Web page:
07 Jun 2021 Operation Hidden Treasure & Cryptocurrency Updates
Authored by: Gregory M. Ward, CPA, Haynie & Company Tax Manager
Operation Hidden Treasure & Cryptocurrency Updates
The IRS has taken major additional steps in the last few months related to virtual currency enforcement. Most of its work in 2020 focused on identifying the worst crypto tax evaders and encouraging compliance from exchanges. The Service outlined its goals for the immediate future and issued warnings to other non-compliant taxpayers. In early March, the announcement of Operation Hidden Treasure showed this initiative may escalate quicker than expected.
Operation Hidden Treasure is a joint criminal/civil operation the IRS launched to identify crypto tax evasion with more sophistication. Traditional bank account sweeps and fund tracing methods used to identify unreported income are not available here. Instead, they brought in experts on blockchain technology and virtual currency exchanges. These individuals will help identify recurring transaction patterns or structuring that is indicative of money laundering or other crimes. Rather than relying on crypto brokers to identify specific users, the IRS is “de-anonymizing” virtual wallets independently through transaction analysis.
Penalties & Criminal Charges
The leadership of this new operation also provides some much-needed insight into the penalties associated with these infractions. With both the civil fraud office and criminal investigation units involved, IRS directors have signaled that max penalties could include both criminal charges and the 75% civil fraud understatement penalty. There are still no indications of any voluntary disclosure programs or mitigated penalty options. This is in line with prior guidance and unwavering language regarding their new approach to the virtual currency area.
May 2021 Update
In early May, the IRS confirmed it has the authority to seize cryptocurrency assets and sell them to satisfy liabilities. The Service had not vocalized this position, likely due to the fuzzy definition of currencies as “property” in prior contexts. This announcement shows growing federal confidence in crypto classification. It also demonstrates a comfort level with seizure and liquidation in markets that are not as inherently understandable as securities markets.
More recently, in mid-May, the Treasury Department and President Biden announced they will require all exchanges to report any transactions over the $10,000 threshold. This requirement already applies to commercial banking activity. This will allow Operation Hidden Treasure to focus on criminal transactions designed to fall just under this limit. The announcement came just weeks after an additional “John Doe” summons to identify individuals with large transactions on the widely used Kraken exchange. It is also worth noting that SEC Chairman Gary Gensler has been vocal about the need for additional oversight and reporting requirements in the crypto sphere. This mounting federal pressure, combined with the agendas of several elected Congressional representatives, seems to indicate that we will see more guidelines soon.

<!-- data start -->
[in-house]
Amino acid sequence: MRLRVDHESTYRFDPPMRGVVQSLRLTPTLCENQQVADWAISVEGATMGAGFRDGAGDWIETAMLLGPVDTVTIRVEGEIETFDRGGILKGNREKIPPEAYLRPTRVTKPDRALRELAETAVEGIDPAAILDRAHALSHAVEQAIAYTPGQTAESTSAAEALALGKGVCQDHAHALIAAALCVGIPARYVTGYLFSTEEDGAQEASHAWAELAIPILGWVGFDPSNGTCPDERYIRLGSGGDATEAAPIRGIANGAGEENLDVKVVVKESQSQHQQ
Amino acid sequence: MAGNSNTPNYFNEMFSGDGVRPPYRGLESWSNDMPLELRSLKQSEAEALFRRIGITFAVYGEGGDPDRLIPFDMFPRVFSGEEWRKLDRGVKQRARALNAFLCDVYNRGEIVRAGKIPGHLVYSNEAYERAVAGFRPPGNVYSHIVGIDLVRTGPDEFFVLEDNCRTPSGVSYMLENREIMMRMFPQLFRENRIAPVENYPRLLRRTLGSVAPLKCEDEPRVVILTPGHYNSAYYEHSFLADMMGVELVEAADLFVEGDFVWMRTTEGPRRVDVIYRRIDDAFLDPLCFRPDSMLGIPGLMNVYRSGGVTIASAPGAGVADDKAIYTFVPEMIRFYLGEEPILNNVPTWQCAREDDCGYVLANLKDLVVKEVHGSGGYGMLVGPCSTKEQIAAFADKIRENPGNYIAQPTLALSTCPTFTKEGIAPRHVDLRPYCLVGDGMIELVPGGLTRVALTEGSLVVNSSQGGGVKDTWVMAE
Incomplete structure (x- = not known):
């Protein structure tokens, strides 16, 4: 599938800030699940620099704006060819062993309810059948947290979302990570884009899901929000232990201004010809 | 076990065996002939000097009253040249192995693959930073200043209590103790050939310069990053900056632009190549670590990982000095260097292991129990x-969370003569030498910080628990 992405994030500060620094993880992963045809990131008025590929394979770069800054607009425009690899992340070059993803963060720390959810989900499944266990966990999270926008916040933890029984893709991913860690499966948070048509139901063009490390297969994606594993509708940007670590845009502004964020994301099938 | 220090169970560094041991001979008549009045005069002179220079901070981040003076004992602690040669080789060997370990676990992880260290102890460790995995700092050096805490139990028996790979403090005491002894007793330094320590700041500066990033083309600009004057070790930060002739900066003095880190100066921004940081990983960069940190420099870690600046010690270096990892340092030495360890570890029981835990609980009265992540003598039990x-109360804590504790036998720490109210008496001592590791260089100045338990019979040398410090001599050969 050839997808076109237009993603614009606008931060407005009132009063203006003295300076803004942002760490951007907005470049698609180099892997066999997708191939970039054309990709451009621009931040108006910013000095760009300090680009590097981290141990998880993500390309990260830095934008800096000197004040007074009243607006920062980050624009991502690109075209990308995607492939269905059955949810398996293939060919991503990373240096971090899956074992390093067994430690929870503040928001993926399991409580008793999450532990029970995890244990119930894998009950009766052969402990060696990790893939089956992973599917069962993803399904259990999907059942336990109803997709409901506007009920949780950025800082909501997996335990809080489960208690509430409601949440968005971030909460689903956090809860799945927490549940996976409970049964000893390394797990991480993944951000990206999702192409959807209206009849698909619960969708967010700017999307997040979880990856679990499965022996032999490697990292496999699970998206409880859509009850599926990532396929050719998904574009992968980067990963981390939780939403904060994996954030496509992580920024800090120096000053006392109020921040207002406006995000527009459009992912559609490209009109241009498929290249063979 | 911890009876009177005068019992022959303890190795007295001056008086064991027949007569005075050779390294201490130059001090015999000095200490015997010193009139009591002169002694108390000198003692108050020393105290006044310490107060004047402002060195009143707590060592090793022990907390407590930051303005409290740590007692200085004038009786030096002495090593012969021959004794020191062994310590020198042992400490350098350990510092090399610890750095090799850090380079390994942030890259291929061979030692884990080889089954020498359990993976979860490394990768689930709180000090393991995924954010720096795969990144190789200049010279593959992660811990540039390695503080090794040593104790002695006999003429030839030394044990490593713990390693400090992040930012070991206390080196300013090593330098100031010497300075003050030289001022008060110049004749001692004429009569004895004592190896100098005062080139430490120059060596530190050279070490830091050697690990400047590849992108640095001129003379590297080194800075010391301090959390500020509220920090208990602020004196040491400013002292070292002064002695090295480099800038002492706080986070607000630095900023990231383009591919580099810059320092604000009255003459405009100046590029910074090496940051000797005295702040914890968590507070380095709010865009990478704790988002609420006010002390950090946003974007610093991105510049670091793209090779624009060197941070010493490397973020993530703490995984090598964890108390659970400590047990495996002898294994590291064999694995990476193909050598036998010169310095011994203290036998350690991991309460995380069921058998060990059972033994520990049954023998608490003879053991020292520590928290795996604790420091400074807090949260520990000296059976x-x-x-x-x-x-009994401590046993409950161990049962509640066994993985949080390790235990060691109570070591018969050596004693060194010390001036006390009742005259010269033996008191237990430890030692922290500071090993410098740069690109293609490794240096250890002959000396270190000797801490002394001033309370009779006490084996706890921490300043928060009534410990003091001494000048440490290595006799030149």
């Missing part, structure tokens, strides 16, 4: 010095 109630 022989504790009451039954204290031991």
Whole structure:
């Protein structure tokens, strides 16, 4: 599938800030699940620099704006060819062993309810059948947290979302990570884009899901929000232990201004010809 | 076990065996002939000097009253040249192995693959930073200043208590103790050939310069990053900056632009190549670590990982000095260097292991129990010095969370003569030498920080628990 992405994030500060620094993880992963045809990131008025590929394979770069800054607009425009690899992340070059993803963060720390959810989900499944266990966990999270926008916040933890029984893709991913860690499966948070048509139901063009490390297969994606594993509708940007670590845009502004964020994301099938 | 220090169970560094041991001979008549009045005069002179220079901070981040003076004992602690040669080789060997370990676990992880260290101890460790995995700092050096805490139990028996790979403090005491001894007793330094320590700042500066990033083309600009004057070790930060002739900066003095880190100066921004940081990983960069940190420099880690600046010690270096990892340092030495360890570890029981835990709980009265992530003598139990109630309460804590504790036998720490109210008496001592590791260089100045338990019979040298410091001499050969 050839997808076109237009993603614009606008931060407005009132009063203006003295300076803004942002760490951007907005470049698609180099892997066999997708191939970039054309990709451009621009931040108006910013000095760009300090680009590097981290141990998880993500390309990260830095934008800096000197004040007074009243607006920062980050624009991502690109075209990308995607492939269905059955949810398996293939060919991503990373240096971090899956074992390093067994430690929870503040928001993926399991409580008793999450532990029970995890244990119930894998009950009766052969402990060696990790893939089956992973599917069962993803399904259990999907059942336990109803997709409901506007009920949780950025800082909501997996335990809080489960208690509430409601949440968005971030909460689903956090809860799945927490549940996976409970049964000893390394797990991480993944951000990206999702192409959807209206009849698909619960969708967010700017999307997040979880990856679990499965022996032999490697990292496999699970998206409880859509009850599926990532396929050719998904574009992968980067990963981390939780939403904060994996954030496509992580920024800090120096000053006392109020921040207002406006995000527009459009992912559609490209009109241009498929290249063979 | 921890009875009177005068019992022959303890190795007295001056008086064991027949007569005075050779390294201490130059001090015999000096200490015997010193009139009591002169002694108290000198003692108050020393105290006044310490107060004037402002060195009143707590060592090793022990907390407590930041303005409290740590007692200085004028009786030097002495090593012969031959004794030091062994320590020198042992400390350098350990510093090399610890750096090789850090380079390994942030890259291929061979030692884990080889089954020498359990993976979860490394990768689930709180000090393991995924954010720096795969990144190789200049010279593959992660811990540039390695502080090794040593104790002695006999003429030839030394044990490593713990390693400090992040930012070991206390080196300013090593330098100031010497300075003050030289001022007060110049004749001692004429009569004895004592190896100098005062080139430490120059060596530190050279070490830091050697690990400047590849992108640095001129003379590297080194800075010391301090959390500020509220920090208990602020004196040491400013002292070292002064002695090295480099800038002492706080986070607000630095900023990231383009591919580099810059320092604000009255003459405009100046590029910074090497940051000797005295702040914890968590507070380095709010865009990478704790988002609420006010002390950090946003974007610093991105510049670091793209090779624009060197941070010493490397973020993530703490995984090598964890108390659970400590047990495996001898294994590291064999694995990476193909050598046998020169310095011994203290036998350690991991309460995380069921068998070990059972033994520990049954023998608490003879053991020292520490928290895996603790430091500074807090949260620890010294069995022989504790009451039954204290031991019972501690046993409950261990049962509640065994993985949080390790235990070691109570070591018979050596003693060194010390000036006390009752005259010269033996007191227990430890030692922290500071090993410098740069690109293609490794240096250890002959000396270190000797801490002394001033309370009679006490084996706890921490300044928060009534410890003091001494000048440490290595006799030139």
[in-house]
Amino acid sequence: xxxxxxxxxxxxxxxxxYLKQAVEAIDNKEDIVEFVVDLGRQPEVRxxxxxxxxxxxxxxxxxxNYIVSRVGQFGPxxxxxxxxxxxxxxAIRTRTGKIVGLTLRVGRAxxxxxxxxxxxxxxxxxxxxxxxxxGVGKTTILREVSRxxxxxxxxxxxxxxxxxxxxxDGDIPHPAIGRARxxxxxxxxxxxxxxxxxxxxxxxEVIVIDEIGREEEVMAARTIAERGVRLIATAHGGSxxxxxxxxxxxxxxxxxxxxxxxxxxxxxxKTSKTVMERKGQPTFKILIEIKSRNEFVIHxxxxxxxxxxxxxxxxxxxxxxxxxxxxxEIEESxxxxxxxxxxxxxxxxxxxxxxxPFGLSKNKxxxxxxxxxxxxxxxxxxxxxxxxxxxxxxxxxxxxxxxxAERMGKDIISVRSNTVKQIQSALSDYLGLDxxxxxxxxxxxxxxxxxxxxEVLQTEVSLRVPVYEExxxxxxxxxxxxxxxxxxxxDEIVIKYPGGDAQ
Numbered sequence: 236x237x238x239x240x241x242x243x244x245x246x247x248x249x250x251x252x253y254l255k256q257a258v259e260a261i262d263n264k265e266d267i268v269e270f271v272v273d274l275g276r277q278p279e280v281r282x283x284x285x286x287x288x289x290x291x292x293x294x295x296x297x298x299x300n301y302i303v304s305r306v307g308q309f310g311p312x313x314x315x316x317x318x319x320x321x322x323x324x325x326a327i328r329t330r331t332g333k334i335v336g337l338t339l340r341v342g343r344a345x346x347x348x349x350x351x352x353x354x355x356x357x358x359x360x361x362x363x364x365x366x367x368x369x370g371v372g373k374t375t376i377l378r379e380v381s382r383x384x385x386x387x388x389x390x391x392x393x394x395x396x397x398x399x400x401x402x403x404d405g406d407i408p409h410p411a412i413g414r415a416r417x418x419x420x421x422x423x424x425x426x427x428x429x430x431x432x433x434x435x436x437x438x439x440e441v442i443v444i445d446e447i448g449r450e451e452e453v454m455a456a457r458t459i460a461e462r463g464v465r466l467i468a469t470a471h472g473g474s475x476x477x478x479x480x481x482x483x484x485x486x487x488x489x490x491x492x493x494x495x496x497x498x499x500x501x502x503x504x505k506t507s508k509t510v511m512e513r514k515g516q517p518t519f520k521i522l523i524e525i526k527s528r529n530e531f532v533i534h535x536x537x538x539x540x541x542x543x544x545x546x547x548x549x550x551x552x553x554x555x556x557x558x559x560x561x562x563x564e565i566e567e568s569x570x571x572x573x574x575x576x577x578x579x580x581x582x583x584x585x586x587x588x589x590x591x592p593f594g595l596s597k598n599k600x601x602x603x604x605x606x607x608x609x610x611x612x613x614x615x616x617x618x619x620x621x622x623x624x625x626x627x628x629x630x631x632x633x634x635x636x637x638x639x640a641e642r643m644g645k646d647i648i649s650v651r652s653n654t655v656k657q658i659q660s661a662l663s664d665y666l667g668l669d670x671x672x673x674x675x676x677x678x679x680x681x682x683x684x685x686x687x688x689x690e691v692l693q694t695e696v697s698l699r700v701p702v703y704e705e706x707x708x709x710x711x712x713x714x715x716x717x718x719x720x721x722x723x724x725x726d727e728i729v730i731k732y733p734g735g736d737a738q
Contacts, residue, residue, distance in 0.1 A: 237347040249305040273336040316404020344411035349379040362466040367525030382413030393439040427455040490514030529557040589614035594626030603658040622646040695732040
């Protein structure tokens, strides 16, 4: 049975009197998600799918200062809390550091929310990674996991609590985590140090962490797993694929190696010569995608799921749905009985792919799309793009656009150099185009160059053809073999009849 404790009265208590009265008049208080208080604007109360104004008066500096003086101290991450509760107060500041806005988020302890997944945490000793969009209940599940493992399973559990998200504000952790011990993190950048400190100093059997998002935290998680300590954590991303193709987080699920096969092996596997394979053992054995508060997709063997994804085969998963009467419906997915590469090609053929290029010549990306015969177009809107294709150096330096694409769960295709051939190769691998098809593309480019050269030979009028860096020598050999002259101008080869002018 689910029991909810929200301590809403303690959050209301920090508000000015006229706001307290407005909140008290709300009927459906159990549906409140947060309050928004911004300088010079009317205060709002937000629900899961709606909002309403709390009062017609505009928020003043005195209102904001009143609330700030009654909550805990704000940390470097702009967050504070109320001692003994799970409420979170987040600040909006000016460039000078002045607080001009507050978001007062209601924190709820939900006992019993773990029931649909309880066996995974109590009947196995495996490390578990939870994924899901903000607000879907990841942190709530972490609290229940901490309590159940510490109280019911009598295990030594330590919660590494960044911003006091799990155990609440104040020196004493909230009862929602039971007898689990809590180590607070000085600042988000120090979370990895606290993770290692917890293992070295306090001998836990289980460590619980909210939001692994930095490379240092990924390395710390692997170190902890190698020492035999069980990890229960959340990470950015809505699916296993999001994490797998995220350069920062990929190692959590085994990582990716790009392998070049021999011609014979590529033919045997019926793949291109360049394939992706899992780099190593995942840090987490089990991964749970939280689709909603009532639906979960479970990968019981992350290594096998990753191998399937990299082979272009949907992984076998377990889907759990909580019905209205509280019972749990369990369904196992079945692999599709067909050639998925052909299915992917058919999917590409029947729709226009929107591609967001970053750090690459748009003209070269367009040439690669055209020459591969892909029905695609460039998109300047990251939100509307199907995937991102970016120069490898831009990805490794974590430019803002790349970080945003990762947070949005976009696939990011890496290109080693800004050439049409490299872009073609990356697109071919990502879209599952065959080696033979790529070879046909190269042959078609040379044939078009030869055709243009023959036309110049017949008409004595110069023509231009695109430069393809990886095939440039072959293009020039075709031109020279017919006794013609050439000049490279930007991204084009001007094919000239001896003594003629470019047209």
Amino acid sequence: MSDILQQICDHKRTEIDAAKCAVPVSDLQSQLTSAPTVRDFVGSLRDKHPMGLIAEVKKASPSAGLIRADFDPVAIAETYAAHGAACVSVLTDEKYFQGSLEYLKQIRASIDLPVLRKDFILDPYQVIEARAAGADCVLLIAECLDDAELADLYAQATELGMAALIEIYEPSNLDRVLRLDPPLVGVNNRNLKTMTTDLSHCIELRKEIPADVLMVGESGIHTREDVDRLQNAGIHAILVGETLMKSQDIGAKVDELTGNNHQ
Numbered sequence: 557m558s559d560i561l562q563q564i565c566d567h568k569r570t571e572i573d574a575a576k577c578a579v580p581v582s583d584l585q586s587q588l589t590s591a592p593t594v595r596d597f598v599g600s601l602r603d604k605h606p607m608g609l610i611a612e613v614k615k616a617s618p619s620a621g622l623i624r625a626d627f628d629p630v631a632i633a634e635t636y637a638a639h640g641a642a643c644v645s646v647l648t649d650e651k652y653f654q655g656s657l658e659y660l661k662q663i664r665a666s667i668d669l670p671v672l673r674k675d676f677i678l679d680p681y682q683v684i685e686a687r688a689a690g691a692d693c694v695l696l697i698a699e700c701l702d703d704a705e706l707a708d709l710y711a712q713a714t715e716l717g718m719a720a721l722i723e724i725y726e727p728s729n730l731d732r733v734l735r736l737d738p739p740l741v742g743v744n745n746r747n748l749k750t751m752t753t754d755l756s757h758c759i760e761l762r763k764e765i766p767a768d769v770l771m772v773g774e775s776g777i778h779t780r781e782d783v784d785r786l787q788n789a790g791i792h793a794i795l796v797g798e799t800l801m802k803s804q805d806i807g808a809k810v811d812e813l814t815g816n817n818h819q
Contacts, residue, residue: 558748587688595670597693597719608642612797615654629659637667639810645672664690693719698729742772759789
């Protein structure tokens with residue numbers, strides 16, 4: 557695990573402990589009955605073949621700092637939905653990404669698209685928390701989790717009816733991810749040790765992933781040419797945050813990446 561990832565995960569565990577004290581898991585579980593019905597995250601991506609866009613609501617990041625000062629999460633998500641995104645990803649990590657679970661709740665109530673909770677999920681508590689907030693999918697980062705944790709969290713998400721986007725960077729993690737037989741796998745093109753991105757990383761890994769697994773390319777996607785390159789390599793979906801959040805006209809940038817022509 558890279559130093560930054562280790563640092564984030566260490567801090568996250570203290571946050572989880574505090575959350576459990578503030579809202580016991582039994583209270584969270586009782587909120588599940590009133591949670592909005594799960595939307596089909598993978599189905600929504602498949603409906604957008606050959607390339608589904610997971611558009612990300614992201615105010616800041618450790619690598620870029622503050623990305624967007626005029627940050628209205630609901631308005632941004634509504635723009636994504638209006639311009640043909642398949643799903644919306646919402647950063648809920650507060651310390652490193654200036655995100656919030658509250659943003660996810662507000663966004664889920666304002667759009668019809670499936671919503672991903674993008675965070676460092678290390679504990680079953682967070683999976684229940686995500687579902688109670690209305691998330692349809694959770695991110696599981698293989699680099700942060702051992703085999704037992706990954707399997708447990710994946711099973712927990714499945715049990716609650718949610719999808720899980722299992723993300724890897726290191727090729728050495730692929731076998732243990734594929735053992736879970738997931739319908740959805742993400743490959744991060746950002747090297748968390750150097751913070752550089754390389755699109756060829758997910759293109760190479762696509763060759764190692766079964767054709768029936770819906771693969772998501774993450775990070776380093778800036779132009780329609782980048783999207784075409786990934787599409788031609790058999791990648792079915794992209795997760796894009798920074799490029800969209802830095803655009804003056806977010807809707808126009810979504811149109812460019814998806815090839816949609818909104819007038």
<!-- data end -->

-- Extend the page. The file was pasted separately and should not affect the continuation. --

Beyond these reforms, the IRS announced it will contract with TaxBit to assist with individual tax return audits. TaxBit is a company that is already renowned for its sophisticated approach to transaction analysis and crypto gain reporting. The IRS will theoretically support any notice of deficiency sent out to trigger an examination with an accompanying TaxBit transaction summary to validate any proposed tax calculation changes. Experts had been curious as to how the IRS would handle this complex task related to penalty determination. This partnership shows they are willing to team up with industry leaders to overcome the challenge.
On the other side, individual taxpayers have initiated tax court cases challenging various forms of virtual currency taxation. One taxpayer argued that the creation of coins is not a taxable event under existing tax law, despite IRS guidance. Others have argued that the use of virtual currency as a payment medium should not trigger gain recognition, which conflicts with IRS treatment of capital asset exchanges. Outside of technical financial arguments, another taxpayer contended that the IRS violated constitutional privacy rights with its data gathering. None of these cases have yielded favorable taxpayer results yet, but it will take years for various jurisdictions to resolve all of them and establish precedents.
Virtual currency stakeholders have shown a mixed reception to these changes. Some welcome the presence of federal regulators to help root out criminal participants and normalize income reporting. Many investors are concerned that the additional scrutiny will dampen growth, especially in the alternative coin market. Bitcoin, which had seen prices above $60,000 earlier this year, has lost nearly 50% of its value in a month. While other factors play a role in that decline, some have pointed to regulation as a negative catalyst. Only time will tell the extent of federal government entanglement and how that impacts investor appetite.
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